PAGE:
Our lives feel like these epochs, but really, we are dust in the wind.
I'm just living in Eau Claire, not really leaving for much. I go to the farmers market, go to the studio, go home and play with my cats. I don't know if I've ever been this happy, which is really awesome.
I don't want the big flashing lights and red carpet, like, 'Here comes another Bon Iver album!' I just want it to be my bedroom-y thing. But that'll take a while to figure out.
Those old Appalachian singers use a falsetto sometimes. They can change their voices to sound high or low or really scratchy. When you're singing, usually you're trying to express some kind of pain or joy. I think that voice allows me to do a lot more of that.
I don't really write songs anymore.
I kind of miss writing songs the way that I used to write songs, in the sense that I would just sit down, and all these words that told a story would come out. There's one Bon Iver song called 'Blood Bank' that is more representative of an older lineage of songs, which I like and I sort of miss. But it just doesn't happen anymore for me.
I'm a creature of comfort.
Honestly, before I settled on a name for the Bon Iver project in general, Chigliak was in the running for what I was going to name the band.
I'm really honored that Bon Iver gives me a platform to do whatever I want, but there's only so much time you can spend digging through yourself before you become insular. I'm not in a hurry to go back to that temperature.
I'm barely at home enough to enjoy the simple lifestyle that I want to live.
I'm just happy and proud to be playing music every day. Recognition is really cool, but it can also be kind of scary.
The falsetto stuff, it must be a reaction to the black gospel singers that I really enjoy listening to.
I can pour myself into Bon Iver. It's a thing about self- and mental discovery, and those are all important things. But it's not 148-shows-over-a-year-and-a-half important, though. It's a machine, and it's money, and you just get put on this indie rock cart, and it's embarrassing.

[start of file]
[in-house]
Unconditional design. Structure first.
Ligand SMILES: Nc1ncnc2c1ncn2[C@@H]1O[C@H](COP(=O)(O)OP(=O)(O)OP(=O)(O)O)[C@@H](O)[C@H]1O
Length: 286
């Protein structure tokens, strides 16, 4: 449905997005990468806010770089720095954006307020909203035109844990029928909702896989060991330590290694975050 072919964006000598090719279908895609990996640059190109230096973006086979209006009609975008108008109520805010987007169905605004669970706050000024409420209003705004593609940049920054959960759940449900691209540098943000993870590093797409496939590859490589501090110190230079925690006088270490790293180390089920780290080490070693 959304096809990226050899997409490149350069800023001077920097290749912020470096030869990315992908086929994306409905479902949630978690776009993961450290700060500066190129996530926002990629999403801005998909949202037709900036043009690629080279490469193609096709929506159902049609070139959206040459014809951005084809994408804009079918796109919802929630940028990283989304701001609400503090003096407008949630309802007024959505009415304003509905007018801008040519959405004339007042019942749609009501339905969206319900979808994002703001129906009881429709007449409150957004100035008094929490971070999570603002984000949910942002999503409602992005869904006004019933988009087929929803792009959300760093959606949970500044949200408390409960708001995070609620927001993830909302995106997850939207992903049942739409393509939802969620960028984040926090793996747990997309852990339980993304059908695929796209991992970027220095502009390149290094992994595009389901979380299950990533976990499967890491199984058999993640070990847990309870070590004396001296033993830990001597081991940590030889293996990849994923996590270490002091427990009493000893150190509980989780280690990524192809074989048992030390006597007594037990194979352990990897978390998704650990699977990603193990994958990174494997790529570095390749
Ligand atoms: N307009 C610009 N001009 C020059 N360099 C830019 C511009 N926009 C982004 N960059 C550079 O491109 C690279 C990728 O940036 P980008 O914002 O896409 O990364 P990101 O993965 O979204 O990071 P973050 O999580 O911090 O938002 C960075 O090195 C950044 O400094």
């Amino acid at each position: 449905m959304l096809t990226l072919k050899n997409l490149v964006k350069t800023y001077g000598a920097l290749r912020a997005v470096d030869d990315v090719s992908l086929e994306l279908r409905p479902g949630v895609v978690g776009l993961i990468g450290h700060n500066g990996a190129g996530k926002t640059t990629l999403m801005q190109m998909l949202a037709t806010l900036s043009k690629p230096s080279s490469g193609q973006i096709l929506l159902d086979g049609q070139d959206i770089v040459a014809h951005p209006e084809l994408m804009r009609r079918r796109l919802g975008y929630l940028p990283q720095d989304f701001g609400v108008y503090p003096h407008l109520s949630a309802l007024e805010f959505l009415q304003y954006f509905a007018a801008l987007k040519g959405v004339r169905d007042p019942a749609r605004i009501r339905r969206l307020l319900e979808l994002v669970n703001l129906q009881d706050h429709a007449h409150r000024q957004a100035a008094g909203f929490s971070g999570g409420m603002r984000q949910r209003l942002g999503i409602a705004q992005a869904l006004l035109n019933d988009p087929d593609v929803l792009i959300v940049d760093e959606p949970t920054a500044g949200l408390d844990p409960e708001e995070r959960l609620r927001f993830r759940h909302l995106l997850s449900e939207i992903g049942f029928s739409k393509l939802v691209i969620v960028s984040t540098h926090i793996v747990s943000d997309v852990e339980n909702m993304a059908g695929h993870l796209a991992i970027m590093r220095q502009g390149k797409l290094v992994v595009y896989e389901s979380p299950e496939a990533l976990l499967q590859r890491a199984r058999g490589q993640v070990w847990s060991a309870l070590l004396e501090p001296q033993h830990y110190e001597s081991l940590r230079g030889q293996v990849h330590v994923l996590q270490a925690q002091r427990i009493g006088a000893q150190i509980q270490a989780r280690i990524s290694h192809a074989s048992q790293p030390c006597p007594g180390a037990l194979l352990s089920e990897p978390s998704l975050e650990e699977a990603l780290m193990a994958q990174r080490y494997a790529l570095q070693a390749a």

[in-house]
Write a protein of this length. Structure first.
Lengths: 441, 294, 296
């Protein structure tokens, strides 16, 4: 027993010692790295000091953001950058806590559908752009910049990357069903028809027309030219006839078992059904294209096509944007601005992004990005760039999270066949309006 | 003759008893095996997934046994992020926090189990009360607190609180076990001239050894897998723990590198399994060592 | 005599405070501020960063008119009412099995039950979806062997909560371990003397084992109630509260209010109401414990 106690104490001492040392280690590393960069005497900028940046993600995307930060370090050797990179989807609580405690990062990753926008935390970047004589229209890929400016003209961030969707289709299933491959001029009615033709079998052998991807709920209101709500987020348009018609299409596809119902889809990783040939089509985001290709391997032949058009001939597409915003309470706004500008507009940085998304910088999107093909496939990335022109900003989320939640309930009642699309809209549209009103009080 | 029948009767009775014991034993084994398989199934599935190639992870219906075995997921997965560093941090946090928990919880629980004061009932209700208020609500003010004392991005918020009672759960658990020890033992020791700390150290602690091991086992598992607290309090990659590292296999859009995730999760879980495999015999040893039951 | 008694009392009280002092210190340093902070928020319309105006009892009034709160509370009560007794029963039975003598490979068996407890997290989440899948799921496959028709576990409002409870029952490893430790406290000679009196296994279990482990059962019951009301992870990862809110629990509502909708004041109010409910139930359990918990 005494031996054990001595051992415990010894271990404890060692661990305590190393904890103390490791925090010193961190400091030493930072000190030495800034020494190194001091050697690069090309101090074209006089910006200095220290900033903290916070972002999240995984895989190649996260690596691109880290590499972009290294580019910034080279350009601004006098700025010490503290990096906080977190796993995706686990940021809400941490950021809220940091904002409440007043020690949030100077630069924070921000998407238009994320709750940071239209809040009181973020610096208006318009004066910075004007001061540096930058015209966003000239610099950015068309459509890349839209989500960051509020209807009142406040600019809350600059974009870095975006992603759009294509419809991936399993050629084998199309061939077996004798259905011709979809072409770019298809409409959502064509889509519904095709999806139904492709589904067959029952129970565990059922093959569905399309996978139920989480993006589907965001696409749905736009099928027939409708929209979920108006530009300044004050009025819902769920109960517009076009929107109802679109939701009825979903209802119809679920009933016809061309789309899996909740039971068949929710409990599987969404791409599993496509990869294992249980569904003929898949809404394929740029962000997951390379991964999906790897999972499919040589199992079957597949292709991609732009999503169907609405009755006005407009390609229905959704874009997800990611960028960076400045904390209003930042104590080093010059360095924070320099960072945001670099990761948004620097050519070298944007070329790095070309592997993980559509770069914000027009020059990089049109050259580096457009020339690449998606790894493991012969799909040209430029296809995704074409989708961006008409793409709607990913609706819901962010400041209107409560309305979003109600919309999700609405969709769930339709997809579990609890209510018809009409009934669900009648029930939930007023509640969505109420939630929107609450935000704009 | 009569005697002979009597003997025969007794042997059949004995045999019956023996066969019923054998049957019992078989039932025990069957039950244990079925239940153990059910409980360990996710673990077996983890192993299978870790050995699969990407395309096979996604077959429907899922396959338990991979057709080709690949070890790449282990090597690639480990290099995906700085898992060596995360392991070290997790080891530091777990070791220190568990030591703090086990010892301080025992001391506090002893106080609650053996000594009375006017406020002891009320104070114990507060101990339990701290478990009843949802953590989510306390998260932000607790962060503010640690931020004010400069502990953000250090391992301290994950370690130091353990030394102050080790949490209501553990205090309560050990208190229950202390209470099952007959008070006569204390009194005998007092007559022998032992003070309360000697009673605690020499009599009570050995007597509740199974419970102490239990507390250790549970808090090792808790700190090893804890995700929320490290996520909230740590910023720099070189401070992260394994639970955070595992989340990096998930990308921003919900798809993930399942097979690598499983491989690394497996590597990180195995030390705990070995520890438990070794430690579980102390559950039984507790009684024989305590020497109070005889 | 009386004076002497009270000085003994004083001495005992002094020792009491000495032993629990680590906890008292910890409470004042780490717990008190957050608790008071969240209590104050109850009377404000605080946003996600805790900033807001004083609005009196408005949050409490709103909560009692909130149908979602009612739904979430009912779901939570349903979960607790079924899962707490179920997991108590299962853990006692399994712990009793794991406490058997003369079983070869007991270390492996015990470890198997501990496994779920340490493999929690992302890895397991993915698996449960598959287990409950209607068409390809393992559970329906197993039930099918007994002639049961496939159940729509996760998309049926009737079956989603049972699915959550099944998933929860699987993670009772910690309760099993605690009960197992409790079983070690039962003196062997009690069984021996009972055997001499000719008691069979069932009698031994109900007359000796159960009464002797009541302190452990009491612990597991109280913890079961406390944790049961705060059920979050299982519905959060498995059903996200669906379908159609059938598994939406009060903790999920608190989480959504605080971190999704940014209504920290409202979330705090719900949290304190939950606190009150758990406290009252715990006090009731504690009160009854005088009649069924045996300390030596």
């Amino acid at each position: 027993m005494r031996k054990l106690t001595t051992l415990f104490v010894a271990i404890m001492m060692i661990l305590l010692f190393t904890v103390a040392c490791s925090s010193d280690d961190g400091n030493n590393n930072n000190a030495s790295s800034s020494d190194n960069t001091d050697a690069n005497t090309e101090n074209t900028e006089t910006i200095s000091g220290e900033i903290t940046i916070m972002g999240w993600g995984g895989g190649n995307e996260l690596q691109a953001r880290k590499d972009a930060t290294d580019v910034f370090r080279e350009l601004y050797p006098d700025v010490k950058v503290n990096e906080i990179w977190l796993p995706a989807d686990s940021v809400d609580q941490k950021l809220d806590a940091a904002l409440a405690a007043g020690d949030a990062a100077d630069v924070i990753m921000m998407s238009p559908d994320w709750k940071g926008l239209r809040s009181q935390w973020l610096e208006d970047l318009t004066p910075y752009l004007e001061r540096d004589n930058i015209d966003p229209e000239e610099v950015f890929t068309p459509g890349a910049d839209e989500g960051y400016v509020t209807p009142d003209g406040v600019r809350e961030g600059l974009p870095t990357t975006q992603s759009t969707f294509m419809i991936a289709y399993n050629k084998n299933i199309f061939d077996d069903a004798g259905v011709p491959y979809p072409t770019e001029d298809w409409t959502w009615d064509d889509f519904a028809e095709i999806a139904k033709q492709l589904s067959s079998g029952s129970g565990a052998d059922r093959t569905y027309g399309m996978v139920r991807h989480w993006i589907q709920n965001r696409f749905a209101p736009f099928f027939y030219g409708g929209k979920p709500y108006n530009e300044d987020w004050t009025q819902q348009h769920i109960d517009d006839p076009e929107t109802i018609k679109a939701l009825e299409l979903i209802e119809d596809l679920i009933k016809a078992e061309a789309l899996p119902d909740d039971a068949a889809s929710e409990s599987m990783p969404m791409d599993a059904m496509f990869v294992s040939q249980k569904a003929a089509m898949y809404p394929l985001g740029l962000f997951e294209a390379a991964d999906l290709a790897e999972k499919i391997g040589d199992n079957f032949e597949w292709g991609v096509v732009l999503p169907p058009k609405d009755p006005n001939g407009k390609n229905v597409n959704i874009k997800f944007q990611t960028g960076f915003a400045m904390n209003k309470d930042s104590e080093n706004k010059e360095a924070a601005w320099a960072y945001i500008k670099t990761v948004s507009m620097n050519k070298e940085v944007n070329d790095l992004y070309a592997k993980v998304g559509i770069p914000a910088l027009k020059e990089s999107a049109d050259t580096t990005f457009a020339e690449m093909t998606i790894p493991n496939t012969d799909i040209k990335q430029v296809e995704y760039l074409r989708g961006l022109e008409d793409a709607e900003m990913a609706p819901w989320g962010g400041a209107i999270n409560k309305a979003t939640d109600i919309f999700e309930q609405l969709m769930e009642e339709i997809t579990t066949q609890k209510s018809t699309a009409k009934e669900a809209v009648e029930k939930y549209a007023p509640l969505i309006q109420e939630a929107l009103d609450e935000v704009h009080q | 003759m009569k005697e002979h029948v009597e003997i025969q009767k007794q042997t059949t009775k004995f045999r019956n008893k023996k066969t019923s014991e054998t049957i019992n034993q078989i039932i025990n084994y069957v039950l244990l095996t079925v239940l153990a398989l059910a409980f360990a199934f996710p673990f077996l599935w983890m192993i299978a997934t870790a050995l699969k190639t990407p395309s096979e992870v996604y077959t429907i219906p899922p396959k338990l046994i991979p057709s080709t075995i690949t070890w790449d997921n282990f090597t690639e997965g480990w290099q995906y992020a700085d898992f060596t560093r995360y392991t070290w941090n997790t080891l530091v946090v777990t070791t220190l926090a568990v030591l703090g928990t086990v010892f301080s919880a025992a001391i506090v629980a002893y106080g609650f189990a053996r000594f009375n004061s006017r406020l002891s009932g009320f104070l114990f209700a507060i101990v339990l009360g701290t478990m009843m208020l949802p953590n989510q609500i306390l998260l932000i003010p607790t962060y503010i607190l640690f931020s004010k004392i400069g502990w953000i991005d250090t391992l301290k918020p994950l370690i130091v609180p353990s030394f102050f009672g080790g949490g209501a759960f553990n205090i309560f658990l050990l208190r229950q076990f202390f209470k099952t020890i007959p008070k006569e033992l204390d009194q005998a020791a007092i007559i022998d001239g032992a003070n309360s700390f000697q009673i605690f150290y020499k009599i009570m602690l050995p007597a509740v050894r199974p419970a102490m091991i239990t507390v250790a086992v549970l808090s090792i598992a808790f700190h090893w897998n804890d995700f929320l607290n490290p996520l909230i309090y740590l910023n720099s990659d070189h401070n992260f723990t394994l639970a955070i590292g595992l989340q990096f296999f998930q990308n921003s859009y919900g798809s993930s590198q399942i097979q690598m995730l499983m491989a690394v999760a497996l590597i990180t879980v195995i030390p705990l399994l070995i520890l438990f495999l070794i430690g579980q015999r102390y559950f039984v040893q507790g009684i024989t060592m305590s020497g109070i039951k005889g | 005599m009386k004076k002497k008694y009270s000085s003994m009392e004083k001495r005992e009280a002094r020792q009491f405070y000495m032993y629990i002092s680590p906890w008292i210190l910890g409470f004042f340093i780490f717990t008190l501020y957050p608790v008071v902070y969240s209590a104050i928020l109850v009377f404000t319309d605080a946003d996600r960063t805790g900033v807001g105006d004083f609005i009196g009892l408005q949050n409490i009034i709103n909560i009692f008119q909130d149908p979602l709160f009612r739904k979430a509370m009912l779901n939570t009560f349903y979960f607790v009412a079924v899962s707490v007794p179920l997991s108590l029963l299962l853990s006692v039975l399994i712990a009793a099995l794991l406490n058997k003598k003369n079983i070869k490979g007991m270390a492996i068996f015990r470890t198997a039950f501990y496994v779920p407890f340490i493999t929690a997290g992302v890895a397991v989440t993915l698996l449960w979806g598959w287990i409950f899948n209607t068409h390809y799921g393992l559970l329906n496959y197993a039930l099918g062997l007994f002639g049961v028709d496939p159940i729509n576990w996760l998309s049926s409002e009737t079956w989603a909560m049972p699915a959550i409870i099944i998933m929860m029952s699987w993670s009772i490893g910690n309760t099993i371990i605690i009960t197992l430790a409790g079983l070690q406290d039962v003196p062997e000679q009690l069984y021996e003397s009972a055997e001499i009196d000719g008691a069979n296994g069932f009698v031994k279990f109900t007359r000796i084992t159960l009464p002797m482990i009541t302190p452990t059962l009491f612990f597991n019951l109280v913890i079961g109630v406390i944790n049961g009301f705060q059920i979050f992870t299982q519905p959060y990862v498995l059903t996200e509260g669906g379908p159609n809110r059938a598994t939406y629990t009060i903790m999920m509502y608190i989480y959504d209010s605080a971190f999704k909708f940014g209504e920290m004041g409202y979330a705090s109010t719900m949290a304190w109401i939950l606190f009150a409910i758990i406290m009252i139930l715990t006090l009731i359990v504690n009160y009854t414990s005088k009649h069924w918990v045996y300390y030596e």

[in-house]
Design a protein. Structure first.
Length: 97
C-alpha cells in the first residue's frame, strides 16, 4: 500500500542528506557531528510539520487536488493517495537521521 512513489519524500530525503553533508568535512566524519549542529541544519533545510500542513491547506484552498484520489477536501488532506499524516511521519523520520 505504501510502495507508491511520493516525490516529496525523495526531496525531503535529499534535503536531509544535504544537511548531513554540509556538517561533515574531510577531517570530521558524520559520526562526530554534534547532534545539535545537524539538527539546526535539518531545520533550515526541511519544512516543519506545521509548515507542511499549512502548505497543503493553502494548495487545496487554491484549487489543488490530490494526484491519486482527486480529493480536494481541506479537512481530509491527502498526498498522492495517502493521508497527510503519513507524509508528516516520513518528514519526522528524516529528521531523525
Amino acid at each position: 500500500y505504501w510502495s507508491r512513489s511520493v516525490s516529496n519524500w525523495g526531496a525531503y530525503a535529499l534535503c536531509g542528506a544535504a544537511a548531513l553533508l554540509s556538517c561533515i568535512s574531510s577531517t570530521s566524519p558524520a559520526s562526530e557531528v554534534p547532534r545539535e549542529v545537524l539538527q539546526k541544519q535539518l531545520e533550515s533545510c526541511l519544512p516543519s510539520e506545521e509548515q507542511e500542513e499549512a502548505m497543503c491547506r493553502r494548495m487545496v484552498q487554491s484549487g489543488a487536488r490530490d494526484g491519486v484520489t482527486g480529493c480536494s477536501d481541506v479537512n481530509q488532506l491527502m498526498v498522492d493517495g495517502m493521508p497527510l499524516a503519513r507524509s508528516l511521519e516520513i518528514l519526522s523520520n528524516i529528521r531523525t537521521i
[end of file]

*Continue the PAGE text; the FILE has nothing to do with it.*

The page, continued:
I could go on and on and on about how we use the word 'place' in so many different ways. About how somebody might ask you 'Where you at?' And they're not asking where are you sitting, where are you living, they're asking: 'How are you doing?
I don't want to get myself in trouble - and I don't think I'm super important or anything - but I think it's so funny that when you look at the business and the way that people make decisions in their lives, whether they're in art or music or they're in industry, they forget that being unique is the answer.
It just didn't seem to fit the story and lineage, I guess. So I just sort of surrounded 'Blood Bank' with three other songs that were very different from one other, and they all kind of came together as a palette cleanser for the last record. And I'm really excited about it.
The way I see it is that I grew up with a good set of values, but it was never too strict. I was always encouraged to be a free-thinking individual. I spent the first five years out of high school trying to make it work in Eau Claire, then I had to leave because there wasn't enough going on in town.
There's a few times in the past when I wrote a song, and I put the words together, and they were very clear pictures, and I felt like I was putting together a really good story. But I don't think I was ever really able to stay on that. What I've sort of developed lyrically is more about the sound of the vocals and what they are.
I really have to be in a specific headspace to even begin to illuminate an idea that would create another Bon Iver record, and I'm just not there.
For the most part, I've been influenced by black singers and singers I couldn't sound like. Whenever I tried to do a dark note or a bent note, I would just sound like Hootie And The Blowfish.